Somehow, 12 years have elapsed since KT Tunstall showed up on Later… with Jools Holland with 24 hours’ notice and, with a loop pedal, acoustic guitar and tambourine, announced her talent with Black Horse And The Cherry Tree.
There’s since been a Mercury nomination, alongside BRIT and Ivor Novello wins, soundtrack contributions, and four albums to follow her debut Eye To The Telescope. Now comes her sixth album KIN, recorded in California. “This record was very much embracing my dharma as an artist, which is to write happy songs that are also good,” says its author. “I’ve finally made peace with being a pop songwriter.”
Ahead of the release of KIN and an autumn tour, KT mined her record collection for the albums that have influenced her most for her This Music Made Me…
I got my first ever boombox for my 15th birthday, and to go with it my Dad bought me the Boots Rock Collection Vol 5 CD which is hilarious, but also hadkiller bands on – 10CC, Blondie, T-Rex, Canned Heat, The Stranglers, Kim Wilde, and that great song Blue Jeans by David Dundas.
The sound and craft of all those amazing songs went deep and left a huge impression on me, and it was so sweet that my Dad bought me music he didn’t know at all, but hoped I would like.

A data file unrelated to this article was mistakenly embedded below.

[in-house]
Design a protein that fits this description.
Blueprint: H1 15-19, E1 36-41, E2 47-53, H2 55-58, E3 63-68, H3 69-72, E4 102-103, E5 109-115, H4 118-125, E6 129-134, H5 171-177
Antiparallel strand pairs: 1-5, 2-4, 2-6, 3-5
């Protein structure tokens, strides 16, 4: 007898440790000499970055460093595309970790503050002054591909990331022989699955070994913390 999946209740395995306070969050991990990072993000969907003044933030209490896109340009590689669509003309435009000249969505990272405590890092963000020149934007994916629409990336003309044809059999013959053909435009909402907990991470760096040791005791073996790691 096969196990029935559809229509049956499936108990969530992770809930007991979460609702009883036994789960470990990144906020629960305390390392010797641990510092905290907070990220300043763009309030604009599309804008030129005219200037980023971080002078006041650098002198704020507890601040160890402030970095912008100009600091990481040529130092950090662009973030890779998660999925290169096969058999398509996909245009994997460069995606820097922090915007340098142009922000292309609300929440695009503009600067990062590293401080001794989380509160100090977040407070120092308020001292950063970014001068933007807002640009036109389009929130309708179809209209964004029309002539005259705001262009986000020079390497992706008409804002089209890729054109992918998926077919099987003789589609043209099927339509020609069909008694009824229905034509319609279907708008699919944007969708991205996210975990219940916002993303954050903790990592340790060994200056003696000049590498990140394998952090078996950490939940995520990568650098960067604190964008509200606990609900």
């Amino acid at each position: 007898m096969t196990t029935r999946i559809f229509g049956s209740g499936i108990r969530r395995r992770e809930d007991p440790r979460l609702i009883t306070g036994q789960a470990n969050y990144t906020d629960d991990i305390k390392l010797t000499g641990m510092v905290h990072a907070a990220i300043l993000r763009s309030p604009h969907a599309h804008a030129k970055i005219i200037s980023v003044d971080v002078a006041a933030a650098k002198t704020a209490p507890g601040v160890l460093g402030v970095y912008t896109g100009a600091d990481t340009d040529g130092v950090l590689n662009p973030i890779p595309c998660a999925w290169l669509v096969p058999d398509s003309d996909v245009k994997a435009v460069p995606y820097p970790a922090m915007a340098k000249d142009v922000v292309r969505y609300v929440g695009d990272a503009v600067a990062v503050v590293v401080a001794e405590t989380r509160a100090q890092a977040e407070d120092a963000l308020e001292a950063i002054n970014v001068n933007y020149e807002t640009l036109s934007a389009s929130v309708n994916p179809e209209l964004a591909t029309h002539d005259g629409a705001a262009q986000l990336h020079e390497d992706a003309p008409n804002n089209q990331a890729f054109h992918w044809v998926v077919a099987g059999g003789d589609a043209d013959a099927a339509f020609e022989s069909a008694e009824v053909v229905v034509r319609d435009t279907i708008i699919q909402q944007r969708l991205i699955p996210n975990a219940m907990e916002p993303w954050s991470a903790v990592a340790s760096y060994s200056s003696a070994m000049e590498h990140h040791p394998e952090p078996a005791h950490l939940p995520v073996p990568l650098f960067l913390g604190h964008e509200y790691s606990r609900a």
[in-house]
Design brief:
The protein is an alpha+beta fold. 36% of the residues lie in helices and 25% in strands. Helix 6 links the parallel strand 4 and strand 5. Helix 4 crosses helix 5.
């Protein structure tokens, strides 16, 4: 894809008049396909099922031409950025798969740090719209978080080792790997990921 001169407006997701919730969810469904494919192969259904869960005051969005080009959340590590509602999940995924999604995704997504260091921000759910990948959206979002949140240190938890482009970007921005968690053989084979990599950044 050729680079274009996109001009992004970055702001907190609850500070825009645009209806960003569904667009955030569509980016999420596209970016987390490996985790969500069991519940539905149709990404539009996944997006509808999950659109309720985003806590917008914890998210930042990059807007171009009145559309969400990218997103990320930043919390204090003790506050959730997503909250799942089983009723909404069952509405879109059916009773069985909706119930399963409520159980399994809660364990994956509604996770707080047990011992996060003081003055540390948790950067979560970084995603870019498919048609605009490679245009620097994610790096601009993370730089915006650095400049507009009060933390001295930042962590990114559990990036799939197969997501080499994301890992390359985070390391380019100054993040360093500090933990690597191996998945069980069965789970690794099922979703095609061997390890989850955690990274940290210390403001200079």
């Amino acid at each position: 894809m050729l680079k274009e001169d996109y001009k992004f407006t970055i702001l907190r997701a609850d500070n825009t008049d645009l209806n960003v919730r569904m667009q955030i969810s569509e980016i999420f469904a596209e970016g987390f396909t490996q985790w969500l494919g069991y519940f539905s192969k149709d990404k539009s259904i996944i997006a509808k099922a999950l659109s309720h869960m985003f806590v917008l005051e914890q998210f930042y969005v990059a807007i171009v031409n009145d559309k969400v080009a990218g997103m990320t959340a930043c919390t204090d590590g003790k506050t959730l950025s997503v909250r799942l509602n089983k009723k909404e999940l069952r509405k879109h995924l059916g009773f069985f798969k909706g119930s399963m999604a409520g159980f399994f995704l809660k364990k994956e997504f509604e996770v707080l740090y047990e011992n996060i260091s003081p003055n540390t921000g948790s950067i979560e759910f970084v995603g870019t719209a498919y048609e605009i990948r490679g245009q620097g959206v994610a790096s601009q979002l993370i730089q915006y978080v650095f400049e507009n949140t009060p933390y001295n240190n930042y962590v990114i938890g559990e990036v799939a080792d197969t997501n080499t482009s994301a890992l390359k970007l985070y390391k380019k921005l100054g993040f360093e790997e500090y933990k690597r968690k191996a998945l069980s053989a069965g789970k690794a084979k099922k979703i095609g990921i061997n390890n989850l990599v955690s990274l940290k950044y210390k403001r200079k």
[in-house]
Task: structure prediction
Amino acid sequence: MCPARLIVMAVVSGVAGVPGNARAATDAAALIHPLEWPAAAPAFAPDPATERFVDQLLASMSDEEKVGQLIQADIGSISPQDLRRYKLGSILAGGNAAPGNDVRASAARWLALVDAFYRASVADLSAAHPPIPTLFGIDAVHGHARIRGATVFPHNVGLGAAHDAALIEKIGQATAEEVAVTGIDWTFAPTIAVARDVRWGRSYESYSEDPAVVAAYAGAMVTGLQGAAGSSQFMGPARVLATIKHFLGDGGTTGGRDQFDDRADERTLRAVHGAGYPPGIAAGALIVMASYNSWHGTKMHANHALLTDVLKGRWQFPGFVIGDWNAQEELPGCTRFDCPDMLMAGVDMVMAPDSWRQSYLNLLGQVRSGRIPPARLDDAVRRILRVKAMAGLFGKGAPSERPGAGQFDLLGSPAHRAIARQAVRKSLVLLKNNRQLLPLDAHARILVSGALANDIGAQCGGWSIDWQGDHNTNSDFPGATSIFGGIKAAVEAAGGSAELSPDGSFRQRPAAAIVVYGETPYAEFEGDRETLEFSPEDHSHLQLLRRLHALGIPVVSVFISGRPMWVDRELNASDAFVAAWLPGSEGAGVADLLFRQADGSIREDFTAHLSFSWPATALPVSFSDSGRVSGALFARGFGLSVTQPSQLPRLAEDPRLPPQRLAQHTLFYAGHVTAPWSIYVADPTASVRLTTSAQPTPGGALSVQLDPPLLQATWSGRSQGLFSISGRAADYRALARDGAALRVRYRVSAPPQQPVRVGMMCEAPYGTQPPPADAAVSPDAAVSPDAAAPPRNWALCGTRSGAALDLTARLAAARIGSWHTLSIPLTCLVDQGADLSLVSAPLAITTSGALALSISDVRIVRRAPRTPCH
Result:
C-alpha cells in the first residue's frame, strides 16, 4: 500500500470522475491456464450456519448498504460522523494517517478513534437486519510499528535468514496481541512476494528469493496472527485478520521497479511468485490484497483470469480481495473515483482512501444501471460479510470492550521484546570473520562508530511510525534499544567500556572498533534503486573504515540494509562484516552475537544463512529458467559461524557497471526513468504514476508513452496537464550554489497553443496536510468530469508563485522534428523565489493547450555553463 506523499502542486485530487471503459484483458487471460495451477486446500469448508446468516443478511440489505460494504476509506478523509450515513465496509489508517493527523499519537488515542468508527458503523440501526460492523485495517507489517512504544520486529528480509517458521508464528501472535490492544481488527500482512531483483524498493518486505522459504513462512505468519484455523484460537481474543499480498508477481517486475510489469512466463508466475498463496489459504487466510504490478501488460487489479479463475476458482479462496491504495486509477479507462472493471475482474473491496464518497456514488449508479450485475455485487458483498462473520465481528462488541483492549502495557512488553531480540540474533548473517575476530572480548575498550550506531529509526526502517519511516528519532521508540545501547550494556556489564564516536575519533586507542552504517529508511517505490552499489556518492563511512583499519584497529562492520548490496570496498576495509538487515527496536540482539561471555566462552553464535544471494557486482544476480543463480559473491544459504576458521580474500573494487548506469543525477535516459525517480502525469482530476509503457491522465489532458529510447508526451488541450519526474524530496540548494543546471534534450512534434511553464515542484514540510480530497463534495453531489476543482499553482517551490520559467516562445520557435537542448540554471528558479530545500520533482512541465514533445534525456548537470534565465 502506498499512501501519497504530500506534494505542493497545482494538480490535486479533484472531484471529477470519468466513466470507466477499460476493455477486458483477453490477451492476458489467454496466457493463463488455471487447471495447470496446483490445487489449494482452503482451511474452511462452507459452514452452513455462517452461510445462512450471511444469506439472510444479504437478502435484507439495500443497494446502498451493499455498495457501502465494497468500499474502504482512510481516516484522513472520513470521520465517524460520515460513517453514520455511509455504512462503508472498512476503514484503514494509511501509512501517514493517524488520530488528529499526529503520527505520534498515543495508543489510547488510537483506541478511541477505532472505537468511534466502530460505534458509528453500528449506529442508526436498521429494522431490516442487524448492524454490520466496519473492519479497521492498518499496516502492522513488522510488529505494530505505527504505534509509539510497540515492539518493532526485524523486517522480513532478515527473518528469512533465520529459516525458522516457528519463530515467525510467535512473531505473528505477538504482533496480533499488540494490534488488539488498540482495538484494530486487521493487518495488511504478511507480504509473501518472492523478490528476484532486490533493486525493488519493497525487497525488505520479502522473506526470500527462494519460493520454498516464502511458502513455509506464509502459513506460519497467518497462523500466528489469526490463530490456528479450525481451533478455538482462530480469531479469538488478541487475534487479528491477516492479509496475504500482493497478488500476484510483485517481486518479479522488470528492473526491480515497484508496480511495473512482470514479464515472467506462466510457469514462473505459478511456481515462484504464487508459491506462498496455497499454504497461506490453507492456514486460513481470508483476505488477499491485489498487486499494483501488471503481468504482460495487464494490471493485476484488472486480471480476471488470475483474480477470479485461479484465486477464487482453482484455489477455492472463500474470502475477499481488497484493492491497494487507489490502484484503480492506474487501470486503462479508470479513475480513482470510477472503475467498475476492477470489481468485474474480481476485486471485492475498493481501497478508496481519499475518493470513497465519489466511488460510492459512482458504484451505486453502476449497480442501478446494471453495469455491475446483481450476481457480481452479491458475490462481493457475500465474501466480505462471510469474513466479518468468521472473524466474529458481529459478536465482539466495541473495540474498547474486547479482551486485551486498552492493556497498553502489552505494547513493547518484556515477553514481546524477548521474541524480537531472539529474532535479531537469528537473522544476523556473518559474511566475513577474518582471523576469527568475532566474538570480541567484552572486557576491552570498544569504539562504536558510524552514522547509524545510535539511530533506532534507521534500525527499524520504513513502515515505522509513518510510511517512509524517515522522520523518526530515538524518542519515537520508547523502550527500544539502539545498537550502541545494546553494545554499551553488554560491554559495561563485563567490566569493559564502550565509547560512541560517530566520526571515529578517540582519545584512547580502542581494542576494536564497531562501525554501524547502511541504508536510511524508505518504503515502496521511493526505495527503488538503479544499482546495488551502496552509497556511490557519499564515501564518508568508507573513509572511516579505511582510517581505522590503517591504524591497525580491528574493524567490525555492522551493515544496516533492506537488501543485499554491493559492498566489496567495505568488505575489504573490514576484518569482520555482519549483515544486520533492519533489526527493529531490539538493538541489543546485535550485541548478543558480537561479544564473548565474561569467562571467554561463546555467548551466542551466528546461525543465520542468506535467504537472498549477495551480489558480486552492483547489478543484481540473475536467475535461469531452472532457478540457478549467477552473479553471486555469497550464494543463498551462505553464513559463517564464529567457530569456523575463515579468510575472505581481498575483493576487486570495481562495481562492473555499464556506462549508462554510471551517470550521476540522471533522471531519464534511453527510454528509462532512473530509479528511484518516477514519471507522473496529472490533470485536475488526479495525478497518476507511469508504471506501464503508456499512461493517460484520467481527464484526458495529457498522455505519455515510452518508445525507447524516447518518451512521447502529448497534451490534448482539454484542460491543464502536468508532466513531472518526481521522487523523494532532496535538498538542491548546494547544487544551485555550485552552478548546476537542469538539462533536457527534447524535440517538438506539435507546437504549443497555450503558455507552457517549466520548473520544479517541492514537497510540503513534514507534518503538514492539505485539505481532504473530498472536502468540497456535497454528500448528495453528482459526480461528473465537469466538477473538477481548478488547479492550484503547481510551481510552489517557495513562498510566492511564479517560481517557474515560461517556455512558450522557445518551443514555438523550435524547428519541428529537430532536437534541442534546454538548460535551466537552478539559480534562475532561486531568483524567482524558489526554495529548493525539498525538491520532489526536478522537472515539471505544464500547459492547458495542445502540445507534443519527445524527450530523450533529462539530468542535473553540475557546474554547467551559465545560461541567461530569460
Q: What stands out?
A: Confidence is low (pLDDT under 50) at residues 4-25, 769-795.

This album blew my mind. Again, I was 15, and my rad goth friend in Glasgow had told me to get into it.
I bought it with a bookshop voucher I won in a creative writing competition at school; I don’t think my school knew that the bookshop had started selling records, and I loved that I was presented with this album on stage at the prize-giving! I loved the shimmering guitars, the weirdness, and this cosmic angelic singer using a made-up language.
I felt it was the first time I heard really experimental production with instantly memorable, solid pop melodies, which is still the sonic mixture I love the most.
I bought this album at a CD fair at University when I was 18. My housemate was obsessed with him and urged me to get anything by him, and I liked the distorted blue face on the cover.
Tom Waits is a world; you go in and you get lost. The Earth Died Screaming still gives me shivers me when I hear it, and Jesus Gonna Be Here became a favourite busking song of mine. Murder In The Red Barn is quintessential Waits, cinematic sonic realism, using what sounded like an actual barn and its contents to create music.